When you peer into the window of a traditional French bakery, you may feel a little overwhelmed.
So many individual cakes to choose from, not to mention an impressive array of pastries ranging from a chocolate éclair to a tasty chausson aux pommes. Usually, though, you might have a precise idea of what it is exactly you're in the mood for. I've been known to think of a pain au chocolat for a few hours until I could actually go out, walk (alright, walk very fast...and maybe even run) to the nearest boulangerie and grab a warm, buttery rectangle of happiness. In that case, you don't really see what else is in the window because you just don't really care.
For the times when you do look in the window, however, there's a classic that often goes unnoticed: the flan. Also called flan pâtissier or flan parisien, it's a pastry crust filled with a sweet egg custard that bakes into a beautiful, dense yet creamy dessert. Flan is sold in large slices, and I can understand that a slice of yellow custard may not seem amazing next to a pistachio-green religieuse for some. Many of my friends aren't huge fans of the taste of flan, either--it's easy to have a bad experience with an altogether too sweet and too "eggy" supermarket version.
Rustic and delicious.
As for me, I was completely unopinionated about flan until last summer, when my Maman made Pierre Hermé's water-based version. It was delicious and made me add flan to my (very long) list of desserts I could eat all day long, but it was also quite time consuming. When I came across pastry chef Christophe Michalak's quick and easy version of a crust-less flan, I had to give it a try.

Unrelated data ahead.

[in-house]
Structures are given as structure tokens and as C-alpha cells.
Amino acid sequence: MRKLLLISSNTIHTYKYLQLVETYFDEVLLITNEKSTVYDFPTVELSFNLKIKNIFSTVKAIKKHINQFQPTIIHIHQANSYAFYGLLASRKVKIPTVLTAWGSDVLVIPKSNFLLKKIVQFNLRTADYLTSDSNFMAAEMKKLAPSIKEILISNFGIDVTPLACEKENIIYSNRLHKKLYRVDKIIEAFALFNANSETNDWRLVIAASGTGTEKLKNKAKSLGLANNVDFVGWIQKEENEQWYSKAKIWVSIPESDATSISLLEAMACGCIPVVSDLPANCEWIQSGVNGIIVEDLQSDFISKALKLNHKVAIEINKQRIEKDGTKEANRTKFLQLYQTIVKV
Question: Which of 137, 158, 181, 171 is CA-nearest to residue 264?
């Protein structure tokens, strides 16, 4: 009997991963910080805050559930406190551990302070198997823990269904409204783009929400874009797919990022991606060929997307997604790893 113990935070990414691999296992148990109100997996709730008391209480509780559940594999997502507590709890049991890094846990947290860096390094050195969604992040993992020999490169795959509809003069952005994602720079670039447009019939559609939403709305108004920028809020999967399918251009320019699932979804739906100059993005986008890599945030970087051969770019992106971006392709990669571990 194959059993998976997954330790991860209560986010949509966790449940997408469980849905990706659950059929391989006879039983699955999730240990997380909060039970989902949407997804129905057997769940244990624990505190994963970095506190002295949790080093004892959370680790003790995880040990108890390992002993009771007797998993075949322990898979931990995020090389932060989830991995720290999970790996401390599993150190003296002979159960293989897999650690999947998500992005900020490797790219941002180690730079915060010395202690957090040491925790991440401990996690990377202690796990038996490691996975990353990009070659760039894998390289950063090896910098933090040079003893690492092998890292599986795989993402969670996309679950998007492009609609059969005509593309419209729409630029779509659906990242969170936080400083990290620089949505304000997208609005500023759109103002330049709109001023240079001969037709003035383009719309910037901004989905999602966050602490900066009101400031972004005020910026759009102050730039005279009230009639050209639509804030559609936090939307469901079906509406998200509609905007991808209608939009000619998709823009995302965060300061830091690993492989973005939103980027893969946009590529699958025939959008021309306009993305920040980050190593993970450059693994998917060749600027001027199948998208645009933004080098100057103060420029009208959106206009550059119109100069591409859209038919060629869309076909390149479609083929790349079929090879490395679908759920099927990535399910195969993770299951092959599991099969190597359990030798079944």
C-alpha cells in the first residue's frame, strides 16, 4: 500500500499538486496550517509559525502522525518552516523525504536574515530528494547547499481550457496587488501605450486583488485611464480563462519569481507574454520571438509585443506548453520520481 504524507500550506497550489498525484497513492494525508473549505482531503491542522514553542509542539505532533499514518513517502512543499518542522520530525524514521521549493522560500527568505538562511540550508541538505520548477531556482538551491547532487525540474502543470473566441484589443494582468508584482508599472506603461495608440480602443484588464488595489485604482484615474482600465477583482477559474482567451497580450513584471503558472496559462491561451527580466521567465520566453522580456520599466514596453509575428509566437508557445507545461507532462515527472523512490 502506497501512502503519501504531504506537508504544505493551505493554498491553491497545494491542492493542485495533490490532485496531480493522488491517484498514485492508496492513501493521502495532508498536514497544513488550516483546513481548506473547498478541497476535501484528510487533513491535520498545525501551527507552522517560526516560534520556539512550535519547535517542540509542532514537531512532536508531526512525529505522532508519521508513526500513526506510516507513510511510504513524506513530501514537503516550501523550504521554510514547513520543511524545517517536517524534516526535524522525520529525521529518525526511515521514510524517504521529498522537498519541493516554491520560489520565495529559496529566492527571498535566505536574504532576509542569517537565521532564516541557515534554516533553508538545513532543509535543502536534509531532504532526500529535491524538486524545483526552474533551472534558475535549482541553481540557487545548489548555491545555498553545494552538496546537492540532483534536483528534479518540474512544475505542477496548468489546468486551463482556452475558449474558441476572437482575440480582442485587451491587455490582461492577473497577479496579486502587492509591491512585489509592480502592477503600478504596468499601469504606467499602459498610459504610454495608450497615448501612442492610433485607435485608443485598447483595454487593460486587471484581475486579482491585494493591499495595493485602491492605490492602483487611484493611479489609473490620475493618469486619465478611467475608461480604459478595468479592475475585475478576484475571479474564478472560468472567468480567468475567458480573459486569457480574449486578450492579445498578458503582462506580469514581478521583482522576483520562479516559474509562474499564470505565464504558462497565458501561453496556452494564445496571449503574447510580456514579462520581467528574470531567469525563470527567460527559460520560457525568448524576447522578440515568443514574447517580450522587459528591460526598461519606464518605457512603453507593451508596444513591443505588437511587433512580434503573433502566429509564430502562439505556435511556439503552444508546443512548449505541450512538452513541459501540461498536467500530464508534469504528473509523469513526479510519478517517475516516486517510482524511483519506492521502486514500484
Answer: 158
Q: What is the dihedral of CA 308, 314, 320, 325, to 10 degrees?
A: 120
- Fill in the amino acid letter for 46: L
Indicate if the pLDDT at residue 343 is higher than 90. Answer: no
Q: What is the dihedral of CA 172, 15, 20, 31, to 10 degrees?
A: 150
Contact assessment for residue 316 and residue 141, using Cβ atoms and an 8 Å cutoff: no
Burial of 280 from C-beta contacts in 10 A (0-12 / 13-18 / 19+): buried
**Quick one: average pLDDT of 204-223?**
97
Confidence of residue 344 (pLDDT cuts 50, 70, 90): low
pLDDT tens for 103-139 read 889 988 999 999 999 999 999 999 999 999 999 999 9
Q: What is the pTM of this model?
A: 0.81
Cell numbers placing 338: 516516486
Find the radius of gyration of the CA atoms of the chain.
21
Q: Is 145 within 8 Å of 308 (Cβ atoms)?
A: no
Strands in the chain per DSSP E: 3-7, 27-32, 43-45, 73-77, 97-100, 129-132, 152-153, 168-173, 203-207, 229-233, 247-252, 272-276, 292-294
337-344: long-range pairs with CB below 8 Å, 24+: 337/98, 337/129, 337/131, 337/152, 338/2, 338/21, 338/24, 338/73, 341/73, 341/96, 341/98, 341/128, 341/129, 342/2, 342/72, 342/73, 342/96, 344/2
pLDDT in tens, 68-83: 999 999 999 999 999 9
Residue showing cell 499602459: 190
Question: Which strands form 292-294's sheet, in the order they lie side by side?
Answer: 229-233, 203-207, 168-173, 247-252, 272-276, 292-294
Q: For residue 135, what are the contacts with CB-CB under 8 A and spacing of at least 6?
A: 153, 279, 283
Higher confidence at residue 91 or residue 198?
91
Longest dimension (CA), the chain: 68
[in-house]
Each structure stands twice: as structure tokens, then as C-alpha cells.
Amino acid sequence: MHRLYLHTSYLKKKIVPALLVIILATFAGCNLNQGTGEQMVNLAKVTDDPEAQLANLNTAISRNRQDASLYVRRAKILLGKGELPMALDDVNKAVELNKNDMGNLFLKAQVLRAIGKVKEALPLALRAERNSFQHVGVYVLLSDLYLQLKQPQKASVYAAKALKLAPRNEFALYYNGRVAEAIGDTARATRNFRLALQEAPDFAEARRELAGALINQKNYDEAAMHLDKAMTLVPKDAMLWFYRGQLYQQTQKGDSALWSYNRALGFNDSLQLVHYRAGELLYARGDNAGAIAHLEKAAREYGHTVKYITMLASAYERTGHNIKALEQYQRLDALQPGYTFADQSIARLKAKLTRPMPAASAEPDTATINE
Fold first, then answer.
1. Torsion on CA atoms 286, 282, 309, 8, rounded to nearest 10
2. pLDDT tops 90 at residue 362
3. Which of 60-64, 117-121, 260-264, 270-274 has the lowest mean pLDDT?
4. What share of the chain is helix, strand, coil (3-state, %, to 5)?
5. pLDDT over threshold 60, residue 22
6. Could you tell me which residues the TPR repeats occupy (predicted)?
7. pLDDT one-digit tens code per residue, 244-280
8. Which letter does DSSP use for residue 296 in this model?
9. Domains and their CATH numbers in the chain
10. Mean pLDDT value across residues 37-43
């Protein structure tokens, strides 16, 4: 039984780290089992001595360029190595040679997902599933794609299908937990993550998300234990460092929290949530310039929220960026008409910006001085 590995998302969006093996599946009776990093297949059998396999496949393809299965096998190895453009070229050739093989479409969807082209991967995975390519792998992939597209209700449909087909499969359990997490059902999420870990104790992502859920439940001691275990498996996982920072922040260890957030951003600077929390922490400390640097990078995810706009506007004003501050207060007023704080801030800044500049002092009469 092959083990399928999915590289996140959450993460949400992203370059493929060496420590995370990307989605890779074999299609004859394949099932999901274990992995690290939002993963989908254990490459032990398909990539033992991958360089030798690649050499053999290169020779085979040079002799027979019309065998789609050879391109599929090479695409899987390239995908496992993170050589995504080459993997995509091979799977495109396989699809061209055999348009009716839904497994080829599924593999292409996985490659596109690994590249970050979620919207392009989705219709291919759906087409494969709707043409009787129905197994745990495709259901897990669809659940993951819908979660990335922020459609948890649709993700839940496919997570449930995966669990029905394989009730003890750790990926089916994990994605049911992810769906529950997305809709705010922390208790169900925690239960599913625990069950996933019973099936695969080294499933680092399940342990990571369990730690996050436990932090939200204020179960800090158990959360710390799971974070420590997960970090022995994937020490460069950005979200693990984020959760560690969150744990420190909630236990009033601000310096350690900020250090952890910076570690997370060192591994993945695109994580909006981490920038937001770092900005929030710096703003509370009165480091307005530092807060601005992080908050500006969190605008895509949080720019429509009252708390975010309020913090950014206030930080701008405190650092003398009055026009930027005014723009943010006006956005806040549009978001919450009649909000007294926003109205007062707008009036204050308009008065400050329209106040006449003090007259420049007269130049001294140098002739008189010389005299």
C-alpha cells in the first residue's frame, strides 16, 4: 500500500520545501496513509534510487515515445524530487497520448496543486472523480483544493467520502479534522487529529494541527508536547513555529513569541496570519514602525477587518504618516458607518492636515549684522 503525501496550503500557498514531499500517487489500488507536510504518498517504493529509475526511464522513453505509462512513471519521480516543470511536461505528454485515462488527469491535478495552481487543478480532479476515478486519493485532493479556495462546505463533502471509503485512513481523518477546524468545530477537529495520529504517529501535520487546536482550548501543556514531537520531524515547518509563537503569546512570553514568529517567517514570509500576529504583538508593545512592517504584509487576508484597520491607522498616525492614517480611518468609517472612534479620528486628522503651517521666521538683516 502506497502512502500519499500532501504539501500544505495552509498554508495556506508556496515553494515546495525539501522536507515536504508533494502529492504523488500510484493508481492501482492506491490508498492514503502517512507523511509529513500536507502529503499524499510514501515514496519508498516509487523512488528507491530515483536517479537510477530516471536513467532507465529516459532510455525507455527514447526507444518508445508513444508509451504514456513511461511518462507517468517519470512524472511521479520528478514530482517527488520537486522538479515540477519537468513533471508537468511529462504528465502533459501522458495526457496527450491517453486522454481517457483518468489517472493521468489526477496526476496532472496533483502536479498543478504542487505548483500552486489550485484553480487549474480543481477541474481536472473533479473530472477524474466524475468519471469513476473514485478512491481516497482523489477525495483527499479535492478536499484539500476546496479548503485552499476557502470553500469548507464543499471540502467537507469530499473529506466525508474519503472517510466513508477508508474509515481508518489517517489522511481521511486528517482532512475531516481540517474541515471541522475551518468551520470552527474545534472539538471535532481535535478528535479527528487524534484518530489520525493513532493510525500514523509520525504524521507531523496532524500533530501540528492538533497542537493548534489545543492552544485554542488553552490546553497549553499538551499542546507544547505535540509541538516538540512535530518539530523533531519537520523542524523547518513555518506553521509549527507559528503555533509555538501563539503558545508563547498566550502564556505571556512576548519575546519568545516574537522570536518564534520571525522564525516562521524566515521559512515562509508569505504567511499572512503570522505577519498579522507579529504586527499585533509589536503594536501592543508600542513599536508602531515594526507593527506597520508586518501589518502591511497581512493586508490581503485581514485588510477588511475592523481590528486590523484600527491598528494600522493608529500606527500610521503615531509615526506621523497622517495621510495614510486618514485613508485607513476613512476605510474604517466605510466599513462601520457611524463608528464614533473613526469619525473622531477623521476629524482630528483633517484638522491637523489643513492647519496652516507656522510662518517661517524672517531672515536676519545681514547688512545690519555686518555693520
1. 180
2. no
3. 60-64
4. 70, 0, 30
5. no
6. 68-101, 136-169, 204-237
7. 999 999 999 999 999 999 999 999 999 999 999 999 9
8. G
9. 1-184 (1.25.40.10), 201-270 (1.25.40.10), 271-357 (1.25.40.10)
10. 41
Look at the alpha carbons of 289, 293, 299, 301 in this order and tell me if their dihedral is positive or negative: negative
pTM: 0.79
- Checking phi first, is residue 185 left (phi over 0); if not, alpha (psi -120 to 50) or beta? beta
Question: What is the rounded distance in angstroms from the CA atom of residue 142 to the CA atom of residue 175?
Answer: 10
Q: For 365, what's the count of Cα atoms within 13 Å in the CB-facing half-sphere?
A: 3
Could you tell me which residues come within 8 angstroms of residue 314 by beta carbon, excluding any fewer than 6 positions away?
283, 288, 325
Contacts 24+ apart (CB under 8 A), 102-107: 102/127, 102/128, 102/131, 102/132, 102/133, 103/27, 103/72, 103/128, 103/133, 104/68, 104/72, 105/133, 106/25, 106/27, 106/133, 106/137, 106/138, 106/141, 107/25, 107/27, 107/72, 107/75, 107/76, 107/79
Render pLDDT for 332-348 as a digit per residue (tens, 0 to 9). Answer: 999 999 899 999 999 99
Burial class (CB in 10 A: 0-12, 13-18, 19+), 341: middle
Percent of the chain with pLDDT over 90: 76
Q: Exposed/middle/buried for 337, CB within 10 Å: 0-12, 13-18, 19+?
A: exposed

You might miss the pastry crust, but the flan is definitely a keeper. It comes together quickly and doesn't disappoint: the texture is just dense enough, without becoming rubbery. The distinct creamy taste is present but doesn't overwhelm.
Try it out, just this once. You might never look at that lonely slice of flan the same again.
adapted from Christophe Michalak
2 c. milk (any kind will work but whole yields a richer custard)
1 c. heavy cream
5 egg yolks
1/2 c. + 1 TB granulated sugar
1/3 c. cornstarch
1 TS vanilla extract
Butter and flour an 8-inch pastry circle or 6 individual pastry circles (if you don't have these, you can use a cake pan but you may have a harder time removing the flan).
Bring milk and cream to a boil in a heavy-bottomed saucepan over high heat.
In a medium bowl, beat egg yolks, sugar and cornstarch. Pour in boiling milk and cream, mix, and place mixture in saucepan. Cook for another 30 seconds after it starts to boil again.
Place custard in a shallow baking dish and cover with plastic wrap, pressing it against the custard. Refrigerate until cool.
Preheat oven to 350°F / 180°C.
Place pastry circle(s) on a baking sheet covered with a baking mat or parchment paper. Remove custard from the fridge, whisk, and pour into pastry circle; smooth top. Bake for approximately 45 minutes, or until top is very golden.
Cool and remove pastry circle. Serve cold. This flan can be kept in the refrigerator, covered, for up to two days.